The Institute for Supply Management (ISM) reports its Purchasing Managers Index (PMI) on a monthly basis. The ISM surveys over 300 manufacturing firms on production activity, new orders, employment, supplier deliveries and inventory. The Institute for Supply Management reported that manufacturing activity expanded for the 12th consecutive month in July. However, the rate of expansion again slowed, and New Order activity was especially foreboding. The view from the nation's purchasing managers might be a delirious one, because the state of manufacturing appears to us to be stagnating towards stinky.
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Wake Up Wall Street! Manufacturing is Stagnating Towards Stinky!
ISM's PMI Report showed its manufacturing index slipped to 55.5%, from June's mark of 56.2. While a reading above 50 signifies economic expansion, the month's data continued a three-period trend of decrease in the index from April's high of 60.4. Even more troubling, the New Orders Index fell five full points to 53.5%, to depths not seen since the economy first exited recession at this time last year. Deep within the data, we discover that some 27% of those surveyed say New Orders were better in July, where 53% say they were unchanged and 20% say they were worse. What you might miss is that in June, only 14% said orders were worse. Can you say "double-dip recession" Wall Street? Soon the evidence will be so clear that side-street directors of research (Water Street specifically) who are paid to generate investment interest (rape the public) will not even be able to deny it.
Good news though, at least for another month the biased independent guys can keep publishing their marketing materials (err research reports) for chumps like us to munch up. You see the ISM report also somehow implies the economy expanded for a 15th consecutive month this July. ISM notes also that 10 of 18 industries reported "demand is still quite strong." Wait a second, that means 8 industries disagree, and hold on now, that's almost half of those responding to the survey. Wow, we almost missed that didn't we...
The lucky 10 include Plastics & Rubber Products; Miscellaneous Manufacturing; Paper Products; Electrical Equipment, Appliances & Components; Transportation Equipment; Primary Metals; Textile Mills; Computer & Electronic Products; Fabricated Metal Products; and Chemical Products. The not so lucky four industries reporting contraction in July are: Nonmetallic Mineral Products; Furniture & Related Products; Food, Beverage & Tobacco Products (you can't even afford beer anymore); and Machinery.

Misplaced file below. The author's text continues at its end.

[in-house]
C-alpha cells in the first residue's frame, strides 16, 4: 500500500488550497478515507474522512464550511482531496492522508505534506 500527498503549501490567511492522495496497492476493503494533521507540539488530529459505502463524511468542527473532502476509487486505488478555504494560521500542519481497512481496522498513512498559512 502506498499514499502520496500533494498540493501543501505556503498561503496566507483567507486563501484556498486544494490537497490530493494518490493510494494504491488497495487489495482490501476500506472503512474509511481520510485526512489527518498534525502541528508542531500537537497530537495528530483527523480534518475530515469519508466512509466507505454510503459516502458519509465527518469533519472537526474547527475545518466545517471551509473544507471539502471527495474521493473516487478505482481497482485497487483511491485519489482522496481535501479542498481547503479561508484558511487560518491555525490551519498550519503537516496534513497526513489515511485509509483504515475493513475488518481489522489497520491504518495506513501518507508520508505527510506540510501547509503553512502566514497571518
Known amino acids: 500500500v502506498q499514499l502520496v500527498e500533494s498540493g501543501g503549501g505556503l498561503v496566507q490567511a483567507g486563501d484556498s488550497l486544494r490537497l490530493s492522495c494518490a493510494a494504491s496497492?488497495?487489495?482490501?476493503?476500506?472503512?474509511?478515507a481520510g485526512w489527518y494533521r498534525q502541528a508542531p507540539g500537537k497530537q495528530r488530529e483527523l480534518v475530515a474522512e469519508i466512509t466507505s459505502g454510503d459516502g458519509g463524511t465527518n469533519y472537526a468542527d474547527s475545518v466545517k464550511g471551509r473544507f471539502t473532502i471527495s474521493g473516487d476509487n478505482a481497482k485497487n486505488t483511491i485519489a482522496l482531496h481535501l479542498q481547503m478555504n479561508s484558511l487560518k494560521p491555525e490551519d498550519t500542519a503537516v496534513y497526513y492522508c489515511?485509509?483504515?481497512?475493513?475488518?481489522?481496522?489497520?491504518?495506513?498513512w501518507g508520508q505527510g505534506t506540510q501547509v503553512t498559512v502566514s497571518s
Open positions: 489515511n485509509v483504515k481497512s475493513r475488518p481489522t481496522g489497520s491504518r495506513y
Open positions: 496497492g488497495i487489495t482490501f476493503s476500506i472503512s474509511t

Besides the headline PMI and the New Orders Indexes already discussed above, we found the 4.4 point drop in Production interesting. Gee, that might be important huh.. The Production Index slipped to 57.0, still representing growth mind you, but can you see the writing on the wall? It reads, "Economy Reenters Recession," and it could be published before the end of the year.
Guess what, employment improved within the manufacturing sector. Well, for those of you who did not know, it has been improving for a good while now. Yeah, it started improving once GM, Chrysler and scores of auto suppliers shut down plants and fired a few tens of thousands extra workers. Yep, that's when things really got hot! And once the government got the UAW to agree to deep cutbacks in benefits, pensions and pay, and to take on a good junk (I mean chunk) of ownership in the automakers, everything started getting better. Of course, we exclude the beloved and nearly as untouchable as Goldman (NYSE: GS) Ford (NYSE: F) from this group.
To be clear though, the government's actions were necessary, or US industry in general was going to disappear. Don't you remember the intense testimonies of reps. Paulson and Bernanke? Unfortunately, we hear American auto workers are seeking jobs in India and Mexico now for better benefits. I do recall though that some of those guys were making as much as an accountant at a good firm can make in NYC, so maybe they deserved it then? Cause accountants are grossly overpaid, at least when compared to acclaimed and accomplished writers (said with protruding chest and a glance begging your attention).
My auto industry pals in Detroit tell me that comparison to Toyota (NYSE: TM) pay scale is simply unfair! They say (or at least my cousin does), at a decibel too high (not due to anger, but to some strange internal volume misalignment), Toyota can afford to pay less, since it gets all kinds of unfair support from Japan that help it make up the margin difference. Hey guys, I got one word for you that you're gonna like: karma. Toyota (NYSE: TM) has its own issues now... and the pendulum swings...
Back to Point! I want Iverson back in Philly.
Back to Point Point!
Manufacturing activity is decelerating. Allow me to explain: Decelerating is not braking, but a slowing in the pace of forward movement. We might say that momentum is fading in the manufacturing space, and we might even scribble that inventory restocking is complete and disparate demand is dissipated. We are left with nothing but the scraps of an economy gone bad now folks. Get used to it, and by it I mean stagnation. It stinks, it's greenish/brown, and it just sits there.
While the Employment Index inched higher, other signs, and we expect the Employment Report will also offer evidence of this, show manufacturing is settling. Exports are your only hope now, so place your bets on China and close your eyes if you're an off-Wall Street strategist catching heat to stay bullish. God help ya!
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